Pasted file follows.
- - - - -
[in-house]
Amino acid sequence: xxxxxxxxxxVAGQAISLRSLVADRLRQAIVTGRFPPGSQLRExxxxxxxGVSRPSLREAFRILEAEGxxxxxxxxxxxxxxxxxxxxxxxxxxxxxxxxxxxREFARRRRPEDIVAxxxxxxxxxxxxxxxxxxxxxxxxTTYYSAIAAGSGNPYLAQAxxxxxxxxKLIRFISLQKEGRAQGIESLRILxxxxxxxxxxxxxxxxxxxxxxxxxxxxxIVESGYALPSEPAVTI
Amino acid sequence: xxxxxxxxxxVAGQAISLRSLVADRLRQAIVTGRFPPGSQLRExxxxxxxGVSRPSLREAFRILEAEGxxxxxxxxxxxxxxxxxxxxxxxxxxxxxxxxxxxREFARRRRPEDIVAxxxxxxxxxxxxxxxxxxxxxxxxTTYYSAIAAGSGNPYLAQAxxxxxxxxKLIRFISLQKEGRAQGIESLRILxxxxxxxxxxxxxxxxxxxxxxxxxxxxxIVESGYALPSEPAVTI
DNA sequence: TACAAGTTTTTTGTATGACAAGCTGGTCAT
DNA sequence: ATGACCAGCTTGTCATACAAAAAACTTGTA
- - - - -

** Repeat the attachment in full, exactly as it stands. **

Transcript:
[in-house]
Amino acid sequence: xxxxxxxxxxVAGQAISLRSLVADRLRQAIVTGRFPPGSQLRExxxxxxxGVSRPSLREAFRILEAEGxxxxxxxxxxxxxxxxxxxxxxxxxxxxxxxxxxxREFARRRRPEDIVAxxxxxxxxxxxxxxxxxxxxxxxxTTYYSAIAAGSGNPYLAQAxxxxxxxxKLIRFISLQKEGRAQGIESLRILxxxxxxxxxxxxxxxxxxxxxxxxxxxxxIVESGYALPSEPAVTI
Amino acid sequence: xxxxxxxxxxVAGQAISLRSLVADRLRQAIVTGRFPPGSQLRExxxxxxxGVSRPSLREAFRILEAEGxxxxxxxxxxxxxxxxxxxxxxxxxxxxxxxxxxxREFARRRRPEDIVAxxxxxxxxxxxxxxxxxxxxxxxxTTYYSAIAAGSGNPYLAQAxxxxxxxxKLIRFISLQKEGRAQGIESLRILxxxxxxxxxxxxxxxxxxxxxxxxxxxxxIVESGYALPSEPAVTI
DNA sequence: TACAAGTTTTTTGTATGACAAGCTGGTCAT
DNA sequence: ATGACCAGCTTGTCATACAAAAAACTTGTA